Although a steering committee of more than 15 selected members has been meeting since September to formulate the plan, last Monday night (Nov. 5) marked the first of the committee’s community forums.
Cullowhee residents packed into the Cullowhee Valley School’s library that evening to offer input and ask questions.
“We’re just getting started,” said steering committee co-chairwoman Melissa Wargo. “But this is a chance for people interested to tell us on the front end ‘here’s something we really hope you consider’ and ‘here is something we’re really fearful of.’”
And the crowd let them hear it.
The group of about 20 residents, including future Jackson County Commissioner Vicki Greene and members of the local community planning group Cullowhee Revitalization Endeavor, voiced complaints and recommendation from across the spectrum.
One woman said she’d like to see covered bike storage on campus, while another man said development along the river would be nice. The county is currently working on a greenway plan officials hope to connect with the university.
Others attending the meeting complained about the lack of parking and sidewalks connecting to campus — to which Wargo acknowledged that the campus doesn’t really have a parking problem, instead it has a walking problem.
Yet another, Clark Corwin, floated the prospect that WCU acquire an abandoned golf course in the township and develop it into an arboretum with walking paths.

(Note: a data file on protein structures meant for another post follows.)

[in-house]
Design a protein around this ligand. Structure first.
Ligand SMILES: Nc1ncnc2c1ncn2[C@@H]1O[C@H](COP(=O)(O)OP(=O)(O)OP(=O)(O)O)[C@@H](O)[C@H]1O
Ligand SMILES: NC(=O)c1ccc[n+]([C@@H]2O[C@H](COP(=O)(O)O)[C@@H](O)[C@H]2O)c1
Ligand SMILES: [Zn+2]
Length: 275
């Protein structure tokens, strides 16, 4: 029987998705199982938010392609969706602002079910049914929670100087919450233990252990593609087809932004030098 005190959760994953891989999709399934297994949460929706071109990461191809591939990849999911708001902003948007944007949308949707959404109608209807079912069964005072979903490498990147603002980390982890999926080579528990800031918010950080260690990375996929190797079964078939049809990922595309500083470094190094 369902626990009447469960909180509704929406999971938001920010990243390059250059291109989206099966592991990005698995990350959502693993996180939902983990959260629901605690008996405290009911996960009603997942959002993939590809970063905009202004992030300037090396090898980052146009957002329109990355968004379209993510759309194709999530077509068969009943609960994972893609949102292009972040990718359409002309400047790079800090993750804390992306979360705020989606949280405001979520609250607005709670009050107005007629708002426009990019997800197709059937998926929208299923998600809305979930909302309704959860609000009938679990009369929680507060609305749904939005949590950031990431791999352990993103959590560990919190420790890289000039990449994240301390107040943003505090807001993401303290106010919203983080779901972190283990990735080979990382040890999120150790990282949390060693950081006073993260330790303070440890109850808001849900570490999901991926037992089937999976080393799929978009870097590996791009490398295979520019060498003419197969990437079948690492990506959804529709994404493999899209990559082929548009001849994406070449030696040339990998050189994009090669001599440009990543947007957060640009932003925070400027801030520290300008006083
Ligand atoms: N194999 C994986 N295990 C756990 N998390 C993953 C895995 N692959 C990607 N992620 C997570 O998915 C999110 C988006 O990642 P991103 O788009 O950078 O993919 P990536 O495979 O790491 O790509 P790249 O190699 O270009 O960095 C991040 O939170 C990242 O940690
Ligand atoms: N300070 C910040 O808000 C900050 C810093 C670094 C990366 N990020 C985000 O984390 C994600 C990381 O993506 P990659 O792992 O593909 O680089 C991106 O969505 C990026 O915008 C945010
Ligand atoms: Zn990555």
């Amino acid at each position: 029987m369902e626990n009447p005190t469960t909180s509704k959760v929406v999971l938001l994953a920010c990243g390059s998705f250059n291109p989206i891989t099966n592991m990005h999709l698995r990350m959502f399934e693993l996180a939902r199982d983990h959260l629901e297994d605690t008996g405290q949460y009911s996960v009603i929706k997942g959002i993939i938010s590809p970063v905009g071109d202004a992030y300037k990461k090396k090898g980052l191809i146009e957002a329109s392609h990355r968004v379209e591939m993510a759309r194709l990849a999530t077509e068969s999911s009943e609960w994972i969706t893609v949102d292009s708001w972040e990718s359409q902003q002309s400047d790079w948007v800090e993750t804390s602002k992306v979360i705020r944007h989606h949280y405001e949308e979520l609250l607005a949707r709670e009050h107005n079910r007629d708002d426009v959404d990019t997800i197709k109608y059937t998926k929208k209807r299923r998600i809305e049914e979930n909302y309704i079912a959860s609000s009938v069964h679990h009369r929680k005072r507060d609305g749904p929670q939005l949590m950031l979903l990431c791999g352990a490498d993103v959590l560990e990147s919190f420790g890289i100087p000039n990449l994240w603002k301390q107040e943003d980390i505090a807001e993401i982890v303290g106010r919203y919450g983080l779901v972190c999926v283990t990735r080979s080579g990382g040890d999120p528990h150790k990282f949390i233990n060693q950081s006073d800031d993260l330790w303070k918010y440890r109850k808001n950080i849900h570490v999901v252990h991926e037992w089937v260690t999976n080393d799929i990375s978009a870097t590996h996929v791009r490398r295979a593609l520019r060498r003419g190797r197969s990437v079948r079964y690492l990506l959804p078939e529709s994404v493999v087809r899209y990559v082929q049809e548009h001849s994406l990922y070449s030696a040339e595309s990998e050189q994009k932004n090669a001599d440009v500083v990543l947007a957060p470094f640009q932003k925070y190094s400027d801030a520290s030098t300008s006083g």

With isolated pockets of student and faculty housing and no connection to campus apart from driving or taking a campus shuttle, his major criticism of transportation infrastructure on and around campus was the lack of walking opportunities.
“We don’t have that. We get in our car to go to the Mad Batter,” Corwin said of a popular local bakery on campus. “If you can find a parking place.”
Much of the community input blurred the boundaries between on-campus and off-campus. And, it soon became clear that although the focus of the campus master plan is for WCU property, many of the infrastructure goals of the community reached across the institution’s property lines.
Jackson County Planning Director Gerald Green, who is also on the steering committee, at one point spoke up to remind the crowd that some of the work rests in the hands of Cullowhee residents. Some members of the community have been pushing hard to put zoning ordinances in place in Cullowhee to help guide development.
“Not all is riding on the university,” Green said. “A lot of it will fall on the county to put those requirements in.”
Green said student apartment proposals for the area have come across his desk and there is no way to force them to include things likes sidewalks or other forms of infrastructure that could link with the university unless the county puts ordinances in place.
But one Cullowhee resident, Roy Osborn, was not willing to let the university officials off the hook that easily. He said the development of a functioning campus goes hand in hand with the development of a functioning community. And the university should do more to support the other’s efforts.
“Cullowhee master plan and a campus master plan — you can’t have one without the other,” Osborn said. “There needs to be integration between the university and Cullowhee.”